Tracking multiple websites with Google Analytics is easy. Just add the same tracking code snippet to your websites’ pages (or use GTM) and you can see data for two websites with Cross-Domain Tracking in your GA reports – check the Hostname dimension if you don’t believe it!

This can be useful if, let’s say your website’s shop hostname is, and you redirect your customers to to complete their purchase. Placing Google Analytics code on both domains will send the data covering the whole customer experience on your digital properties. That’s what we want, right? However, you will quickly discover that all your transactions have the same session source which is / referral. This makes perfect sense as people only visit your checkout domain using the links on your original domain. But this hides the real traffic source! How can you quantify your marketing efforts per acquisition channel?

Google Analytics Cross-Domain Tracking comes to the rescue. You need to tell Google Analytics that the customer experience on these two hostnames needs to be consolidated into a single Session and treated accordingly.

Cross-Domain Tracking setup checklist

  • Make sure your cookieDomain field is set to auto. If you are not sure – just set it to auto and let GA handle it (see Cross-Domain Tracking for subdomains section below).
    If you do know what this is for – then I am sure you are using it the right way!
  • Make sure you are using the autolinker plugin. This Google Analytics plugin provided by Google adds a few characters to the link to make sure Google Analytics “recognises” and consolidates sessions between websites
    • The plugin needs to be explicitly told which domain names to use, for example:
      ga('require', 'linker');
      ga('linker:autoLink', ['','','']);
    • GTM configuration follows similar logic
  • Make sure you list all the hostnames in the Google Analytics Property settings: Referral Exclusion List
  • That’s it!

Google Analytics Cross-Domain Tracking for subdomains

If you would like to consolidate customer experience on two subdomains, for example: and, the good news is that it is done automatically for you! You just need to use the recommended Google Analytics code snippet which sets the cookieDomain field to auto. If you have modified the GA code snippet or are using GTM to tag your website, please make sure you manually set the cookieDomain field to auto.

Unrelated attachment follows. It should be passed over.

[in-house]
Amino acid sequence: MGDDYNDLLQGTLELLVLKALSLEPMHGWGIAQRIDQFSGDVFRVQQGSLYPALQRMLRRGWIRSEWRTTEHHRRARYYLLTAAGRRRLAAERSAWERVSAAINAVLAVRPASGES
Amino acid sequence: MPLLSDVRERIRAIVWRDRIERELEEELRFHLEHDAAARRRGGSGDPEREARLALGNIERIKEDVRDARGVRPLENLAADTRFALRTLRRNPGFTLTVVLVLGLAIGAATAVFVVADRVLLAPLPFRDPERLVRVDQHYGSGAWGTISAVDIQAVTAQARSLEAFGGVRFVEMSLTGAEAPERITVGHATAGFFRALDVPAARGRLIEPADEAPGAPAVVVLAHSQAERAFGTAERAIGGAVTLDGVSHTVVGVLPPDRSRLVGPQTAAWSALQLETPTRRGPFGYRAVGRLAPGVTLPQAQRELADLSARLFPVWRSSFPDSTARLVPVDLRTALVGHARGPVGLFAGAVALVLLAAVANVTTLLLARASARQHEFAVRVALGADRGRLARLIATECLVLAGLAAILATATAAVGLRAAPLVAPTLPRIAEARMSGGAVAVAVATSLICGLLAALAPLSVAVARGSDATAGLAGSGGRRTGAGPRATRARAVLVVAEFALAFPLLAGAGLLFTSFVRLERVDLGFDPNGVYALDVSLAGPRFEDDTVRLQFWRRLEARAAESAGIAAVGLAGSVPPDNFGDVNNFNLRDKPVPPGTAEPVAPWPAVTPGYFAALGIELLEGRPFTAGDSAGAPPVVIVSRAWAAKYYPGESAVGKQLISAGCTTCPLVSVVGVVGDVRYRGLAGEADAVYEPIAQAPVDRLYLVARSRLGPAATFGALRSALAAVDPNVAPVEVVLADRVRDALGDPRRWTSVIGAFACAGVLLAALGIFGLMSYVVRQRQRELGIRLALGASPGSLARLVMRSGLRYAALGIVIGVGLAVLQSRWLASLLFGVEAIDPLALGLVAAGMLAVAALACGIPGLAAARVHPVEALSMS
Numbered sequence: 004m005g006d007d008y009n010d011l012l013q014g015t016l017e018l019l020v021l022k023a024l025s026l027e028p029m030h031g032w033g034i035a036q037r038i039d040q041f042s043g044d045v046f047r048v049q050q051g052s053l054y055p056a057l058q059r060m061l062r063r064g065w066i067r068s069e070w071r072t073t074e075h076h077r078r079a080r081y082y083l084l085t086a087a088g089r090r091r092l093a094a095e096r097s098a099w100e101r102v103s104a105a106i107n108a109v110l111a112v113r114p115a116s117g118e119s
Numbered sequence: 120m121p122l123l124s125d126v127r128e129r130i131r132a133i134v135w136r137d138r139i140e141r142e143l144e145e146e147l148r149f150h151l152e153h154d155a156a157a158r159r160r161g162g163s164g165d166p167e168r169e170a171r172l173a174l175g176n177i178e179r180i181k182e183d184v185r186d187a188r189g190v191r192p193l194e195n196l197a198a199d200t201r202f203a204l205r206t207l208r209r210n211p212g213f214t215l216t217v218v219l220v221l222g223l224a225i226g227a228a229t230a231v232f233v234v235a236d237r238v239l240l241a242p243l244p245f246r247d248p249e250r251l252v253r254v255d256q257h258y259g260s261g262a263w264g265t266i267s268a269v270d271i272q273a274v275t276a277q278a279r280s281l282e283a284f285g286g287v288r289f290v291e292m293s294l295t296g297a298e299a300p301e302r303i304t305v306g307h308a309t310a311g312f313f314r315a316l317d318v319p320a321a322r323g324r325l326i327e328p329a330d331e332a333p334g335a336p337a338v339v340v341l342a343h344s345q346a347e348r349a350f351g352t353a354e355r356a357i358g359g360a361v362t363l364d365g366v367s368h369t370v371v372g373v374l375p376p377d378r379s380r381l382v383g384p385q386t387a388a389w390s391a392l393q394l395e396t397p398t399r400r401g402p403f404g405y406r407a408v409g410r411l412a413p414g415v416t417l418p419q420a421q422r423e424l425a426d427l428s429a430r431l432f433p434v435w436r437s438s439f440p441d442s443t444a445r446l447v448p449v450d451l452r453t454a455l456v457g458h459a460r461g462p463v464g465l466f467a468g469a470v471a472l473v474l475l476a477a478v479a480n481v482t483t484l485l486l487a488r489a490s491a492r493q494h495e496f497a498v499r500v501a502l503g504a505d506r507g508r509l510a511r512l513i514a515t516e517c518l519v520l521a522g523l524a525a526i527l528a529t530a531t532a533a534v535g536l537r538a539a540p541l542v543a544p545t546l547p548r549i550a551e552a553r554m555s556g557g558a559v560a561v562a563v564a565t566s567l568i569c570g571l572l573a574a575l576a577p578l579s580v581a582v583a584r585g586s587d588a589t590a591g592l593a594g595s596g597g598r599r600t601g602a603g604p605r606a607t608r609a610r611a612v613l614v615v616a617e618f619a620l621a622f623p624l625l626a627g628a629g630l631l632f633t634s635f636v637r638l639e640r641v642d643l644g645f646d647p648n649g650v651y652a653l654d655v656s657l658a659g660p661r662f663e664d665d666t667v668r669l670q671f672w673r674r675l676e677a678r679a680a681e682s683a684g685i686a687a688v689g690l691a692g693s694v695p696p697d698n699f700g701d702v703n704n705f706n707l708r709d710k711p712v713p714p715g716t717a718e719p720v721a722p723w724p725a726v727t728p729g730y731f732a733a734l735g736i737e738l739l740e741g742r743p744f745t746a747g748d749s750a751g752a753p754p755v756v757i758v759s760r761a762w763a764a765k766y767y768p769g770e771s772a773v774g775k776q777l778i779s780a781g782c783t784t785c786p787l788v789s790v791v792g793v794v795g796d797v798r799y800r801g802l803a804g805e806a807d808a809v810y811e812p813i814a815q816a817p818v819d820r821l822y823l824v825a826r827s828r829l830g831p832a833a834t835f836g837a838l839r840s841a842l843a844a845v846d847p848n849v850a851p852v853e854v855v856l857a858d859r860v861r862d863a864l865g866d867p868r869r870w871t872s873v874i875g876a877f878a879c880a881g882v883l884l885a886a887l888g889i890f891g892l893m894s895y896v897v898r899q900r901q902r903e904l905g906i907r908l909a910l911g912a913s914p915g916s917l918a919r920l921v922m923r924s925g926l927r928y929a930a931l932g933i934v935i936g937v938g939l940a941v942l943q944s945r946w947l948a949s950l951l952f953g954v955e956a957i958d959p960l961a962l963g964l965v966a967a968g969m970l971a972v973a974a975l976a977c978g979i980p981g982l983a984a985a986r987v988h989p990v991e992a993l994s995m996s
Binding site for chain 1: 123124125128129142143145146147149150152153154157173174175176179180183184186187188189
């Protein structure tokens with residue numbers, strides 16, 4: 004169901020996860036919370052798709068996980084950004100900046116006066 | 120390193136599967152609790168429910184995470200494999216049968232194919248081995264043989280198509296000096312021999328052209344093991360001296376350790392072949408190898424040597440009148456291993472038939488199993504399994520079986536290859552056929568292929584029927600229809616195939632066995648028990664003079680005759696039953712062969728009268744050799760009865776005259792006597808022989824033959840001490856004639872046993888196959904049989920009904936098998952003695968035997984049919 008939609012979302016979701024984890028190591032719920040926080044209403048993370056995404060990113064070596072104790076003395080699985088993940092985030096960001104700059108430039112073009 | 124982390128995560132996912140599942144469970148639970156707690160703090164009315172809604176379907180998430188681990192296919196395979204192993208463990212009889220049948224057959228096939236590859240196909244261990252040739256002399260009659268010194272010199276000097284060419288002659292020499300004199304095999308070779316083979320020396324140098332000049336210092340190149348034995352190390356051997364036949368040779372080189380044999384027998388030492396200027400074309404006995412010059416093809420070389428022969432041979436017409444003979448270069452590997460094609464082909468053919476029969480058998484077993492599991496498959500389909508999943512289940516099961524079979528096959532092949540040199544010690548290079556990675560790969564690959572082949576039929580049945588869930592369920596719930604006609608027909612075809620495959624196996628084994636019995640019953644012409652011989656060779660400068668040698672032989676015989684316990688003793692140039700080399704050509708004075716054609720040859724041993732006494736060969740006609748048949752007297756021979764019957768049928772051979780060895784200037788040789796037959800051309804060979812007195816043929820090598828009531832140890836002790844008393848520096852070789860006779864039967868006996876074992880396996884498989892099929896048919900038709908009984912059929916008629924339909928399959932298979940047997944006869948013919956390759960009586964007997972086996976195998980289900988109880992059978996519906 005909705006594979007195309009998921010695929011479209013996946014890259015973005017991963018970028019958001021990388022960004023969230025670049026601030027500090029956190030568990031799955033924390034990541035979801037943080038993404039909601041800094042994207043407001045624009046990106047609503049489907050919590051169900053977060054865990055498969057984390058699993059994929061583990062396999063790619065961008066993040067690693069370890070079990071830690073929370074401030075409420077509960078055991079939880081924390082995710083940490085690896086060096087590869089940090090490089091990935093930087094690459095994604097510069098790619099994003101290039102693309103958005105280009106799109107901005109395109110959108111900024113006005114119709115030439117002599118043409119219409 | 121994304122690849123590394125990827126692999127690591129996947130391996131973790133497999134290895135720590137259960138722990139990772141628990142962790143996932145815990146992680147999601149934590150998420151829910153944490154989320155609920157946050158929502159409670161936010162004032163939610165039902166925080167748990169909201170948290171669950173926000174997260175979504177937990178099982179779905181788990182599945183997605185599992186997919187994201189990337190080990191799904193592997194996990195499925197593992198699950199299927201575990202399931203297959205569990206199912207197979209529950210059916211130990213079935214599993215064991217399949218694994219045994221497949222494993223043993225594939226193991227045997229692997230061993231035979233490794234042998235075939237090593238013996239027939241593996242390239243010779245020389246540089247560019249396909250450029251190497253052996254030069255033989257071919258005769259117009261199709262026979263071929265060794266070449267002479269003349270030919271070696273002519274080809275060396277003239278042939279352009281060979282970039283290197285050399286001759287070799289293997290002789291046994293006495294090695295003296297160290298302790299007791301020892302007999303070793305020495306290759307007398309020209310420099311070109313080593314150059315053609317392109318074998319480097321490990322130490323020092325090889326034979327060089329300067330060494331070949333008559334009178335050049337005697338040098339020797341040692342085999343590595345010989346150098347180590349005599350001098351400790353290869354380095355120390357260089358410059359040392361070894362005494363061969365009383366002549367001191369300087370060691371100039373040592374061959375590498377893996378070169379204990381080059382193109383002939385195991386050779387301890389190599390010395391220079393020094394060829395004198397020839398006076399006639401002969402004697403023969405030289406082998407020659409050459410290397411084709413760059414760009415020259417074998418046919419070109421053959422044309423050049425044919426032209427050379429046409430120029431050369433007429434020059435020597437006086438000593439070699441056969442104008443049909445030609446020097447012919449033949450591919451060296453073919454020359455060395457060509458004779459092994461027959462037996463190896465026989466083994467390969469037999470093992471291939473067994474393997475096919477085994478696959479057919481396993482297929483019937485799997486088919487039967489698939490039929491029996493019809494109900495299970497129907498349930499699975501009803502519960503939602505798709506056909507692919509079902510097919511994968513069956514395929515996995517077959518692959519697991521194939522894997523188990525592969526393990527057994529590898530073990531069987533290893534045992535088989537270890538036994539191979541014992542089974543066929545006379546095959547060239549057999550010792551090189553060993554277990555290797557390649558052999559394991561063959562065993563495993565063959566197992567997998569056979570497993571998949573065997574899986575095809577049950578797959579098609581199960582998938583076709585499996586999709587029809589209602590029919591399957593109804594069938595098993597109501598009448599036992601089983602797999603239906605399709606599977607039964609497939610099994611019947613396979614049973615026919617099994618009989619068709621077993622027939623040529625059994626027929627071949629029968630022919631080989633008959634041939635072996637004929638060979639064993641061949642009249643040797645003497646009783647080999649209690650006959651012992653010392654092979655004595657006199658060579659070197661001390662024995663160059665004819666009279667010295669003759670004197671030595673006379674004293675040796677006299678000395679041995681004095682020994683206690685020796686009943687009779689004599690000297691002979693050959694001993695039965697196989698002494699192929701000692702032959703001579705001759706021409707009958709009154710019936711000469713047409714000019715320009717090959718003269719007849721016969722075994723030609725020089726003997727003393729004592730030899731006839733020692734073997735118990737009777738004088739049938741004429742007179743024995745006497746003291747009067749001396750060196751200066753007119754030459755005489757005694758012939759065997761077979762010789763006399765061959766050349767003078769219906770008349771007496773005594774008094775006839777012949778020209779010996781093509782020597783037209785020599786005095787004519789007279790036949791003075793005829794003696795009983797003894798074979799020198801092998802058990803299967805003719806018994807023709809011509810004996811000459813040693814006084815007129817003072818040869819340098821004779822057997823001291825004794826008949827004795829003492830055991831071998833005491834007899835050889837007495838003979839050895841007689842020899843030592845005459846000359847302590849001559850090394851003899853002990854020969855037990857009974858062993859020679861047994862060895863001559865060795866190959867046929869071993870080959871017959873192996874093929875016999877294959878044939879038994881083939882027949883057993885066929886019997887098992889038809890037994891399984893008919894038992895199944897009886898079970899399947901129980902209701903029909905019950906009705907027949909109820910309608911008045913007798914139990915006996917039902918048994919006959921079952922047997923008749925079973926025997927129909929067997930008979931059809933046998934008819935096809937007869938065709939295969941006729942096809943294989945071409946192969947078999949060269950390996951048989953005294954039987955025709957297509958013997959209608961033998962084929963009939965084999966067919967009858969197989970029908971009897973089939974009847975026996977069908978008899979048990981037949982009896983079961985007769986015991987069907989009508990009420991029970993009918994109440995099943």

A little bit more technical spice

Above, I have briefly explained what Google Analytics Cross-Domain Tracking is and how to use it. The implementation is pretty straightforward and widely covered on the Internet. In most cases, you would use the autolinker plugin to work its magic. The core of the Cross-domain Tracking is a parameter and its value added to the destination URL (query string). The parameter may look like this: _ga=1.199239214.1624002396.1440697407. Once the user reaches the second domain, GA code on the page will read the parameter, “recognise” the user and consolidate the session. If the link domain (hostname) matches the pattern specified in the plugin configuration, the autolinker plugin automatically adds this parameter.

ga('linker:autoLink', ['','','']);

For those of you who know JavaScript (and I encourage everyone to do this!), there is an array of hostnames which is sent to the autolinker plugin configuration. When a user clicks on the link on the page, the autolinker plugin checks if the link points to one of the hostnames specified in the configuration and, if it does, adds the _ga parameter. Important to note: this parameter is only valid for two minutes, so if anyone copies the link and uses it later, sessions won’t be joined in GA.

A little trick here is that hostname matching is done using the substring, so specifying the would match both and Which is convenient – less typing.

Excluding hostnames from cross-domain tracking

Recently, I had a client with lots of subdomains and requirements, mature enough to implement the Cross-Domain Tracking for all of them except for a few. Data still had to be sent to the same GA property, but user experience on these subdomains was not be consolidated and left as separate sessions. There were 50+subdomains and an obvious solutionwasto list them all explicitly (remembering that autolinker plugin matches hostname by substring) and NOT listing hostnames which need to be excluded on every page. However this solution had lots of drawbacks. Another option was to implement manual linkage or in terms of the Cross-Domain Tracking to decorate links (generate and append _ga parameter to the link URL). The hacker inside me insisted on injecting my code (installing a hook) into the autolinker plugin with a custom hostname matching logic.

But before doing so, I did a little digging, actually read the documentation and paid proper attention. Guess what? I discovered that the autolinker plugin actually expects Regular Expressions and not just a string as a parameter!


All that was left was to create a negative match Regular Expression to tell Google Analytics Cross Domain Tracking NOT to track specific hostname. Consider the Regular Expression below:


This will match, and any subdomain of the except for

So the resulting Google Analytics autolinker plugin configuration looked like this:

ga('linker:autoLink', [/^(?!ignore.)(.*)|(|(, '');

Works like a charm. Lesson learned – now I pay more attention to the documentation!

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